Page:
With Hong Kong-based Hutchison China Meditech (Chi-Med) listing shares on the Nasdaq this week, a top executive at the exchange says more biotechs in Asia should head his way to become the next unicorns from the region.
Speaking in Seoul to the Wall Street Journal, Bob McCooey, senior vice president for listing at Nasdaq, said the hunt is on for startups both inside and outside of China with the attraction of great valuations, for now, and rattles off that 5 of the 8 initial public offerings (IPOs) this year in the U.S. have been in the biotechnology sector and all on Nasdaq.
That includes Beijing-based BeiGene ($BGNE) which in January raised $158.4 million in a volatile global market setting. The American Depositary Share (ADS) offer came in at the top of the range at $24 each. It closed on Tuesday at $26.92 per ADS and has hit a high of $35.60 and a low of $22.51 since its debut, with the overall valuation hovering around $1 billion.
This week, Chi-Med, not a startup anymore and already listed in London, sold 7.5 million ADSs at $13.50 apiece, representing one-half of one ordinary share, to raise $101.25 million. Trading begins March 17 on the Nasdaq under the ticker symbol HCM.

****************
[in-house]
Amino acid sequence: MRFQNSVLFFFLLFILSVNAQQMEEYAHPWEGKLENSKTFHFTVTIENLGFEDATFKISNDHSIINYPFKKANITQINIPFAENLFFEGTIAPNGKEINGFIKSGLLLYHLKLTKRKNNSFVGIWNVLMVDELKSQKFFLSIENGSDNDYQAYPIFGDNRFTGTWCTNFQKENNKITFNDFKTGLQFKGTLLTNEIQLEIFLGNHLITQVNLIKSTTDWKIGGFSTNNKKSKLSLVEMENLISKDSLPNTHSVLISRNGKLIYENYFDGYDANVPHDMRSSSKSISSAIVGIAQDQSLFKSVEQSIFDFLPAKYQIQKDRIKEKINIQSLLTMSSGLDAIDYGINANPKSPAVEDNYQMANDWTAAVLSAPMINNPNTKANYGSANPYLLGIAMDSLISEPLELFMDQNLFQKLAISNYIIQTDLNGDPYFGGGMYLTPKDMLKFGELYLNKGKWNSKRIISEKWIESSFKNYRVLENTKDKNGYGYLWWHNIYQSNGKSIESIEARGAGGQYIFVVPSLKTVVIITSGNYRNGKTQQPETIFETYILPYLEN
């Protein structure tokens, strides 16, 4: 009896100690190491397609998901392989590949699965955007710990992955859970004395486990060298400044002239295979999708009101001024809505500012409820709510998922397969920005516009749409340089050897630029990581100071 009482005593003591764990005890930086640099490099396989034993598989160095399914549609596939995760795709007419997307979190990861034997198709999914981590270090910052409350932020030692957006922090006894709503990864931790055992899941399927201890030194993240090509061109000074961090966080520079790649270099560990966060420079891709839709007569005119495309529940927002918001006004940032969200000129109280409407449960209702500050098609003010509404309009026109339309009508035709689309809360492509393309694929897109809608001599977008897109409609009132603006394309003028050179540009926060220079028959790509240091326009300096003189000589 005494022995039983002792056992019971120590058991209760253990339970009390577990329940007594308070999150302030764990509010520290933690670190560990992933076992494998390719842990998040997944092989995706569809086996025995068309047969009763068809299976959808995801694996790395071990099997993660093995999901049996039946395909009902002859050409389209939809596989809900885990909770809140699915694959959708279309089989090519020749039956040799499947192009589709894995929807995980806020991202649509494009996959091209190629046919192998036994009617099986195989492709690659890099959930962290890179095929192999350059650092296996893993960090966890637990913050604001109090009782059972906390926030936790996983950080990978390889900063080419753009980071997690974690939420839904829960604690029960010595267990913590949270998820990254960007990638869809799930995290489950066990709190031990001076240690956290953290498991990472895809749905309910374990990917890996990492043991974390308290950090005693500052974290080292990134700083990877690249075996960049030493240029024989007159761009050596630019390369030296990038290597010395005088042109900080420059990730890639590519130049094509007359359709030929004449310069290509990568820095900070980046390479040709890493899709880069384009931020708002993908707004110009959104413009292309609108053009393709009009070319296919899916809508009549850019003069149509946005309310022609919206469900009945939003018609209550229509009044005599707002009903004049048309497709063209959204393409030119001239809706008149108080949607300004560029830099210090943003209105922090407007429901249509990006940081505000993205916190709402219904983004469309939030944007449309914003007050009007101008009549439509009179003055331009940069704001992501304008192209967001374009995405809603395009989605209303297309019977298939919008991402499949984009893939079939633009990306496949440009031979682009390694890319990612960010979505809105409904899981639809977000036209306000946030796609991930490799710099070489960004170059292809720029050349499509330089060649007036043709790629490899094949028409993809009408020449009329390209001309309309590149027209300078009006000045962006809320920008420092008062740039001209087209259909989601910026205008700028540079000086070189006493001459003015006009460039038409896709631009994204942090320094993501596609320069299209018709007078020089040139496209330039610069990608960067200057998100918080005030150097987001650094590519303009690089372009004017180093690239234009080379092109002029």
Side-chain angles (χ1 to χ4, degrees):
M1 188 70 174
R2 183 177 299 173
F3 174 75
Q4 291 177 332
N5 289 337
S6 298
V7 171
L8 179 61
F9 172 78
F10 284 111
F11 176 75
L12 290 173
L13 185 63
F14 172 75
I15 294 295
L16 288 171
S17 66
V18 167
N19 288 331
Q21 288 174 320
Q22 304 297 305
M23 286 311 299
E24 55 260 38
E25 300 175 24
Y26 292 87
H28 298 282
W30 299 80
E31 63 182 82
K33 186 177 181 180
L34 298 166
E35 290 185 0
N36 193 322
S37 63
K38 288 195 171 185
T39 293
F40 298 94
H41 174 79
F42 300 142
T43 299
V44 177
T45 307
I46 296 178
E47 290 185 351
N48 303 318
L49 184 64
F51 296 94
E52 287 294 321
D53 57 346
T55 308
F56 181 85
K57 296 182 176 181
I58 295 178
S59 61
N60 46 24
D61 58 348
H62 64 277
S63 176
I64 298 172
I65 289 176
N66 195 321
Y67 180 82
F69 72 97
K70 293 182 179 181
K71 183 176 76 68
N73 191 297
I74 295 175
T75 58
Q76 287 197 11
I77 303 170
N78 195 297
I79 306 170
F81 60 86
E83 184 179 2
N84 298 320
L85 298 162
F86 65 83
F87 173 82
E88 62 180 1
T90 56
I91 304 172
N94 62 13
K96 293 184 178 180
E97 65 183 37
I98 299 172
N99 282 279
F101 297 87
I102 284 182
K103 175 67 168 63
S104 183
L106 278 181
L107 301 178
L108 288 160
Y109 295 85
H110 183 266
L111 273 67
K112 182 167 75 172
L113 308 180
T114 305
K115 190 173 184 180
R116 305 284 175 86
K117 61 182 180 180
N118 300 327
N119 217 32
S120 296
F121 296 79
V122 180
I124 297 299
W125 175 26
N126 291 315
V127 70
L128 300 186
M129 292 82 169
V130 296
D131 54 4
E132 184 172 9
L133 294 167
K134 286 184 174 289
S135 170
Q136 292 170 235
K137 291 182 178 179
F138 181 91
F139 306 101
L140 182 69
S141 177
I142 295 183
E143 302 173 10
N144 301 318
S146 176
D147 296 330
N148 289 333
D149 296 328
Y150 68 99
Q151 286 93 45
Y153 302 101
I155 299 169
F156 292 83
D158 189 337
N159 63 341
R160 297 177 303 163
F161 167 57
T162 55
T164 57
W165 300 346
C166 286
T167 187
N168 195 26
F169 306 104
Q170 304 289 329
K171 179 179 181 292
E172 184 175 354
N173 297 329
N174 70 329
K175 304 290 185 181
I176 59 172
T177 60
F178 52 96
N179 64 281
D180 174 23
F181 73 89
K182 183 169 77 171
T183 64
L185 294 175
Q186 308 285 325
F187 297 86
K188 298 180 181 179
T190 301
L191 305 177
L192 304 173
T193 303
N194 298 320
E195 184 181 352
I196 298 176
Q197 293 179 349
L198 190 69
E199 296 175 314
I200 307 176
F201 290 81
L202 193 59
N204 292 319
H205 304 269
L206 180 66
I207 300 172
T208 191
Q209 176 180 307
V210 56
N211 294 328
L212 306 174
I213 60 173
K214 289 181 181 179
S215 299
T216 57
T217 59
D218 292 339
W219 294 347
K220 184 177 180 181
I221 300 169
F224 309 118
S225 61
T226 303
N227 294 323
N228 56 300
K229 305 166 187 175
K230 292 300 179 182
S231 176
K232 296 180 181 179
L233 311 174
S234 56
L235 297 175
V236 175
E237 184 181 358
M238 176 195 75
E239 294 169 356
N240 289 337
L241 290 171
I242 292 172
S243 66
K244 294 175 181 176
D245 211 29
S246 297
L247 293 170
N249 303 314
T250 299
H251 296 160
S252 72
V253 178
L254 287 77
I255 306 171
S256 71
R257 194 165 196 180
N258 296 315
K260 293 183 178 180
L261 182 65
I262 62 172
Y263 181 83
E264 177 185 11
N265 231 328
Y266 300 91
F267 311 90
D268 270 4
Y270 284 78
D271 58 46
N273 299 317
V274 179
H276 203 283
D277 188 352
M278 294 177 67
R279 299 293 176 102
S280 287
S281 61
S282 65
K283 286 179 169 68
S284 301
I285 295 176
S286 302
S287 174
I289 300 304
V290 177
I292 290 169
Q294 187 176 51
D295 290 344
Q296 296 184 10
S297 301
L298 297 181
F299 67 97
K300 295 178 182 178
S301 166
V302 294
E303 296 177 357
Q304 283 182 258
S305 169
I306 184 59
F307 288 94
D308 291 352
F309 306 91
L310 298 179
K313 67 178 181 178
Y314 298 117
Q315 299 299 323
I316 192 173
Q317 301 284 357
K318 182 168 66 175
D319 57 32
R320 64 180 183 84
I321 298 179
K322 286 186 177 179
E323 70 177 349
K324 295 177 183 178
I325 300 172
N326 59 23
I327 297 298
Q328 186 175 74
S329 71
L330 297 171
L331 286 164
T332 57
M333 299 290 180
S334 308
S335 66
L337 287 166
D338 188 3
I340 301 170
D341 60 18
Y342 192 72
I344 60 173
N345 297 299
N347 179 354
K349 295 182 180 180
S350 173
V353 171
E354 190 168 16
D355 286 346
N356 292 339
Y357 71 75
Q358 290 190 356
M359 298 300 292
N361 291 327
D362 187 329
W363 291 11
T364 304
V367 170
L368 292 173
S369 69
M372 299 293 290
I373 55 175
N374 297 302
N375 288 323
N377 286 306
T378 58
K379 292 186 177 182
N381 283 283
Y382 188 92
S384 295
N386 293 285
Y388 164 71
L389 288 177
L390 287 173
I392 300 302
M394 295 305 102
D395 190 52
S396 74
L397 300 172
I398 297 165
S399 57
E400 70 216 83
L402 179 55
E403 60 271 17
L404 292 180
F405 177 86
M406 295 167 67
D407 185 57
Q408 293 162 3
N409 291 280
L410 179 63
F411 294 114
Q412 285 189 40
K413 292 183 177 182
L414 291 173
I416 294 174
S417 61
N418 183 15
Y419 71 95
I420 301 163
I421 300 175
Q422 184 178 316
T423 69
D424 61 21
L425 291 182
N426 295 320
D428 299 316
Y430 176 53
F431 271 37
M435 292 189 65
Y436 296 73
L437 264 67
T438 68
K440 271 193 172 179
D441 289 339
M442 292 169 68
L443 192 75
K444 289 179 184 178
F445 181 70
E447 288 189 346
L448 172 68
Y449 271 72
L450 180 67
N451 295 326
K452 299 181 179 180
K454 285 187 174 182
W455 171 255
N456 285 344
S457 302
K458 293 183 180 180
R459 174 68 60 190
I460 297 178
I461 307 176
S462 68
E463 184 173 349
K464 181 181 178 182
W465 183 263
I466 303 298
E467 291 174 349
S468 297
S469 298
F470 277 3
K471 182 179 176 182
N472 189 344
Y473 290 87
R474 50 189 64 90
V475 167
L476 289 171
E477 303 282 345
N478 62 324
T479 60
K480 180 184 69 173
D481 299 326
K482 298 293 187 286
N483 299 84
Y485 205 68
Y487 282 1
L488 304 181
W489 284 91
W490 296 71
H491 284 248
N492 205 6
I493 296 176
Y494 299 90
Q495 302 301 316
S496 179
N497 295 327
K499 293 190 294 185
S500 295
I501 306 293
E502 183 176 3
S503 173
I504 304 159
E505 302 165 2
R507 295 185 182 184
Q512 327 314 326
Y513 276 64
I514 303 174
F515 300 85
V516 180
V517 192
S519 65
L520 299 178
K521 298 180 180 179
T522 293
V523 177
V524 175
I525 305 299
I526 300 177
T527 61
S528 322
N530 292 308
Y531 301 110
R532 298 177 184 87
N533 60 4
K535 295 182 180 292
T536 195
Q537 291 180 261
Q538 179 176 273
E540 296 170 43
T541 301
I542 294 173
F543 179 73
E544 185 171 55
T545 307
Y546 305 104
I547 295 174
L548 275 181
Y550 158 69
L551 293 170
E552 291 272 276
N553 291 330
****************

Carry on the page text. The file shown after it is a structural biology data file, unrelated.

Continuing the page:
For McCooey though the question is whether growth in the listing business is "transitioning to outside China," he told the WSJ.
That turns attention to South Korea-based biosimilar maker Samsung Bioepis which hired lead managers for a U.S. listing next year as the joint venture between Samsung Group and Biogen ($BIIB) looks to raise as much as $1 billion to fund development of biosimilars that will compete with some of the world's best-selling drugs.
McCooey told the WSJ he would not comment on Samsung Bioepis, but did say biotechnology firms are in favor now.
"We are known for biotech, and we've done a good job of supporting these companies," McCooey told the WSJ.
To be sure, several Chinese firms have given up public listings in the U.S. in the past two years, often in management-led buyouts with Shanghai-based WuXi PharmaTech a notable recent play last year. But the firm is now finalizing plans for a $1.5 billion deal to list its biologics unit.
But McCooey told the WSJ that the stability of U.S. markets relative to China would remain a draw.
"When the market goes up 90% and you think you can list them higher in the domestic market, then when the market drops 50% you realize that there's some risk to that transaction," he told the WSJ.
- here's the story from the Wall Street Journal (sub. req.)
Editor's note: This story was updated with information from Chi-Med's IPO.